JERUSALEM, Israel – Hamas, the Iranian-backed Palestinian terror group that de facto rules the impoverished Gaza Strip, is stepping up its cyber activities against Israel. And it’s time for Western nations, including the United States, to take such threats more seriously, according to a recently released report by the Washington-based think tank, the Atlantic Council.
According to the report written by fellow non-resident Simon Handler, while the United States overwhelmingly focuses its cybersecurity concerns on the “big four” nation-state adversaries – China, Russia, Iran and North Korea – non-state actors are becoming increasingly organized and efficient in cyber warfare.
Hamas, a designated terrorist organization according to the United States, is a clear test case for what such groups are capable of and, Handler writes, “is an emerging and capable cyber actor.”
Handler points out that Hamas, which has fought numerous wars with Israel and carried out countless terrorist attacks against its civilians, has not necessarily shifted its overall goals: to end what it considers the illegitimate state of Israel and establish an Islamic Palestinian state in its place, but now he has made use of advanced high-tech terror options in his fight.
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“In other words, offensive cyber operations are a new way for Hamas to do the old things better,” the report notes, urging “the political community to think differently about how it approaches similar non-state groups that could exploit the computing domain in the future.”
“I think the United States and everyone else should be concerned because terrorists are using the Internet,” Brigadier General Yossi Kupperwasser, a senior research scientist at the Israel Defense and Security Forum, said in an interview with Fox News Digital. “What Hamas does against Israel can be done by other terrorist groups and against other targets.”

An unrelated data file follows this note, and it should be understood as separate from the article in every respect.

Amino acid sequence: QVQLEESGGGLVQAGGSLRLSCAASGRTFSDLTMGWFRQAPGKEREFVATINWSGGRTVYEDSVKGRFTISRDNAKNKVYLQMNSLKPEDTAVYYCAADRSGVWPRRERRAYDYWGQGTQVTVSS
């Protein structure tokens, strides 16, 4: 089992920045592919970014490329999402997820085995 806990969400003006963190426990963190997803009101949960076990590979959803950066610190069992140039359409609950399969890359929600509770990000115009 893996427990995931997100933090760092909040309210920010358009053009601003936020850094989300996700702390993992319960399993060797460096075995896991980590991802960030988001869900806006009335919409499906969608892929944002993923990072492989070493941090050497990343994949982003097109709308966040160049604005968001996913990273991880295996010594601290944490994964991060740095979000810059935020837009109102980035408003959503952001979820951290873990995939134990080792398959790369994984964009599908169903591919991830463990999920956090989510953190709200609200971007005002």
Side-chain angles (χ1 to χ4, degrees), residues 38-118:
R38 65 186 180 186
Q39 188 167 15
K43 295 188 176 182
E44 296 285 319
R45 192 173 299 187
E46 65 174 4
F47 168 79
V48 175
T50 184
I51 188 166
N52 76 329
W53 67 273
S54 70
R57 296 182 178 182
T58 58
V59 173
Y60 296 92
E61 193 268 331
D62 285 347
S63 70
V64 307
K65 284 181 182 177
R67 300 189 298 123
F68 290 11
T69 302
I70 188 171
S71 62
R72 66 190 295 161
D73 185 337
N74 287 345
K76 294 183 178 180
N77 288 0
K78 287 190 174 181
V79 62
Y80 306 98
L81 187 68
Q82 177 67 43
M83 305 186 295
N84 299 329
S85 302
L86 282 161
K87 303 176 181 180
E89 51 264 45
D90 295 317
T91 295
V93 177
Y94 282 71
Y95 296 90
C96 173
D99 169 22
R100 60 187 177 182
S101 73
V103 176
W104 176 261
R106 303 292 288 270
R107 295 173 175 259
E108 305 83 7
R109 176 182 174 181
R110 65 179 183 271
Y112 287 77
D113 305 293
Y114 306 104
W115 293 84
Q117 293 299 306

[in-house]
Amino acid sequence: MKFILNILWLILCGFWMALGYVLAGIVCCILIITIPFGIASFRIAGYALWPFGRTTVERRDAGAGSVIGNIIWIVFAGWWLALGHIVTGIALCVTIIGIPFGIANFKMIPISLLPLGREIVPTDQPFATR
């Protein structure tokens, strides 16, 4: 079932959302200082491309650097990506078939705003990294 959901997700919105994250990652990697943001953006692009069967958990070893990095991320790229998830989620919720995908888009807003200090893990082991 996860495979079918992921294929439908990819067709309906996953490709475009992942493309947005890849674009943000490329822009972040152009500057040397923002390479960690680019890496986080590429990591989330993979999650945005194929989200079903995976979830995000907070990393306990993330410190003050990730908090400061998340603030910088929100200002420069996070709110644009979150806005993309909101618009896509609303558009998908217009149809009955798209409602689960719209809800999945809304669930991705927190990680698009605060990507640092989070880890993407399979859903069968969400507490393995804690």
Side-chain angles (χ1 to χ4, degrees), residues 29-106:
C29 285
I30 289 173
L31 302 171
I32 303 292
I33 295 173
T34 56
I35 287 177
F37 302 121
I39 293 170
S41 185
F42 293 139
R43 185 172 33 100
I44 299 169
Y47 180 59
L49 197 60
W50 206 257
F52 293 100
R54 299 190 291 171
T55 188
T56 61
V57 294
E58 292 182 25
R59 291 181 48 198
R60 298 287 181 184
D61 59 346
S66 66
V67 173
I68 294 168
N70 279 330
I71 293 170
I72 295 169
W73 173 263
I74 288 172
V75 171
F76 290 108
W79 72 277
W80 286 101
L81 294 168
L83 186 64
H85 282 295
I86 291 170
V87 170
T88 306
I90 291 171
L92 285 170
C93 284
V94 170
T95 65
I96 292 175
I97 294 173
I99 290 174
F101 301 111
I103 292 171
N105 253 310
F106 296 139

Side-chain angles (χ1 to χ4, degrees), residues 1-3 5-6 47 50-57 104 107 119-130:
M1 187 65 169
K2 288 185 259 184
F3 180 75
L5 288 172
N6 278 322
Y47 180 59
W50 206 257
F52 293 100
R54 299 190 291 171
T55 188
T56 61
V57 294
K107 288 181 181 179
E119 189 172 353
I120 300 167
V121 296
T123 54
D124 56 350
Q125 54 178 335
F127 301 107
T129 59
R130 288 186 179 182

The report notes that “a robust online presence is essential for modern terrorist organizations. They rely on the Internet to recruit members, fund operations, indoctrinate target audiences, and attract attention on a global scale – all key functions to maintain organizational relevance and to survive. “
Kupperwasser, a former head of the Israeli military’s military intelligence evaluation division, said the realm of cyber warfare has afforded terrorist groups an opportunity to cause extensive damage with minimal risk. And, he said, Hamas had already carried out some “pretty impressive” operations in the cyber realm.
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“They can cause real damage, and ultimately, out of many attempts, one of them can be successful,” he said. “[Israel] it has very good countermeasures, it is an area in which we excel. But in cyber, when you’re on the receiving end, even if you can thwart a lot of attempts against you, it’s not foolproof.”